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Obama Sends Warship to Persian Gulf; Manning: U.S. Military Lied about Iraq

Aired June 15, 2014 - 08:00   ET


CHRISTI PAUL, CNN ANCHOR: Eight o'clock right now on a Sunday morning. Happy Father's Day to all you hard working dads out there. I'm Christi Paul.

VICTOR BLACKWELL, CNN ANCHOR: I'm Victor Blackwell. Five on the West Coast.



BLACKWELL: First up this morning, there are reports of a suicide bombing in Baghdad. Now, there are conflicting numbers on casualties.

PAUL: Reuters and Agence France Press report at least nine people have been killed, nearly two dozen injured. But Baghdad police say one person was killed and only four injured.

BLACKWELL: And, of course, all this happening as Iraq's prime minister is ordering troops to fight off Islamist militants in a flash point town that's just a 45-minute drive from Baghdad. But now, we're learning that the troops there have evacuated their base and the militants are edging closer to Baghdad.

PAUL: OK. Let's get the latest now from CNN senior international correspondent Nic Robertson.

BLACKWELL: He joins us now live from the capital city.

Nic, what can you tell us about this bombing this morning? Again, we're having these discrepancies on casualties. It's being described as a car bombing and a suicide bomb?

NIC ROBERTSON, CNN SENIOR INTERNATIONAL CORRESPONDENT: It has. It's still not clear. The strongest indication we have is that it may have been a suicide bombing. The details are unclear. It went off in the central square, Freedom Square, Tahrir Square, at 8:30 in the morning this morning.

Initial reports that we have indicated one person killed, four wounded. Those numbers appear to be climbing. The latest that we have now been able to get in the last few minutes is that nine people were killed, 21 wounded in that blast. Sad to say this is not unusual or atypical for Baghdad. Last week on Saturday alone, there were six car bombs, more than 30 people killed, dozens and dozens more wounded.

But it is an indication of the tensions. This is in the heart of the city, and what we understand, the prime minister had drawn this line in the sand, saying he was going to stop the ISIS advance north of Baghdad, in Samarra, about an hour and a half's drive north of the city.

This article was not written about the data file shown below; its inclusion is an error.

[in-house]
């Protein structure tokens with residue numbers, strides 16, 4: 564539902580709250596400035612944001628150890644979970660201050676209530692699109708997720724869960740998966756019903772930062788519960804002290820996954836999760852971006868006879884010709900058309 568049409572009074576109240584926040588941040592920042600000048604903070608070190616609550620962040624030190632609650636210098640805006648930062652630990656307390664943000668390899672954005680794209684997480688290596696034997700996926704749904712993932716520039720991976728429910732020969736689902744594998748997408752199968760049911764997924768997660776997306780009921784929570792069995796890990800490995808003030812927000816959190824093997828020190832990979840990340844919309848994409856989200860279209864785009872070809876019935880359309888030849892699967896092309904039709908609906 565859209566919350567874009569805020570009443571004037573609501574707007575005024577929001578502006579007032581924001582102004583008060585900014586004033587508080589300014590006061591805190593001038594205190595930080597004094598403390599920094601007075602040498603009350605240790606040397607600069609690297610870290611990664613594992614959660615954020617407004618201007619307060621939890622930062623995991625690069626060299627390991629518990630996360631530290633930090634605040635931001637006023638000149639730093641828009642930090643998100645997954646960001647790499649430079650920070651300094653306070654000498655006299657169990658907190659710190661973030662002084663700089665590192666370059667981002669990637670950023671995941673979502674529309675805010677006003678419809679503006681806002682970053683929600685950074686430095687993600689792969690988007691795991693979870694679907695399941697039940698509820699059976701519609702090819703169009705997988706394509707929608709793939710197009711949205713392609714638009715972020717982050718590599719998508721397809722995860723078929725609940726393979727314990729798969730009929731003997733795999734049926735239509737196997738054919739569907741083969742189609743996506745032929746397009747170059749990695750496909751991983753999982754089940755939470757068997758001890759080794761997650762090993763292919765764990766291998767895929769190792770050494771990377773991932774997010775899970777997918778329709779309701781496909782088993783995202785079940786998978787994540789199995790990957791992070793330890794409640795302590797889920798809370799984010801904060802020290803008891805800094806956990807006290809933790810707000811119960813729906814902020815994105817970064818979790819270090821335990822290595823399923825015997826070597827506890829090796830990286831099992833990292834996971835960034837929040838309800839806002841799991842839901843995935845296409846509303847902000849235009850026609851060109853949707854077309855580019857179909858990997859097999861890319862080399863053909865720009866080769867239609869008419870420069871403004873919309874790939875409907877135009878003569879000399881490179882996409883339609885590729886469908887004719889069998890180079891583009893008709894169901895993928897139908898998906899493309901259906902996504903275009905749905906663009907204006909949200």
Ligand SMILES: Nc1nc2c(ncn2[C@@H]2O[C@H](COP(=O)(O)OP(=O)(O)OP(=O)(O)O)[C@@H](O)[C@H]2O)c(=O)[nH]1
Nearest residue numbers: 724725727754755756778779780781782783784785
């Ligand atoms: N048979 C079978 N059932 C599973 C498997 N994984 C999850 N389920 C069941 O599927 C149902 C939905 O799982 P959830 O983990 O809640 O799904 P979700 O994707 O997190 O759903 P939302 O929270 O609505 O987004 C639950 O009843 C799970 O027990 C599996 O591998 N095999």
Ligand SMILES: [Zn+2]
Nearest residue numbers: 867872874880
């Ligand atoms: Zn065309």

Well, guess what? We found out the army had ordered a retreat from a base three-quarters of an hour drive north of the city. That means ISIS are getting closer, they overran base, the army had this time evacuated with the weapons.

But for all the strong language we've heard from the prime minister saying that the army has to stand firm or court-martial anyone caught running away, we now understand the army ordered troops there to retreat in the advance of ISIS. The picture emerging is thus. When the prime minister draws a line in Samarra, an important town to the Shias, they can hold it for right now. In towns where there's a large Sunni majority or even a slight Sunni majority, Baqubah, ISIS are taking control. Their aim we understand is set on Baghdad. They want to get to the outskirts here, they want to put pressure on the city. They haven't been stopped yet -- Christi, Victor.

BLACKWELL: All right. Nic Robertson there for us in Baghdad -- Nic, thank you very much.

PAUL: Now, as we said, the aircraft carrier USS George H.W. Bush, as we were talking about last hour, is in the Persian Gulf, near the coast of Iraq.

BLACKWELL: Defense Secretary Chuck Hagel ordered the move.

CNN's Athena Jones joins us live from the White House now.

Athena, of course, we're hearing the reports of the bombing in Baghdad. Will the president, the national security team, obviously, will decide this weekend, decision time, on plans to take action in Iraq?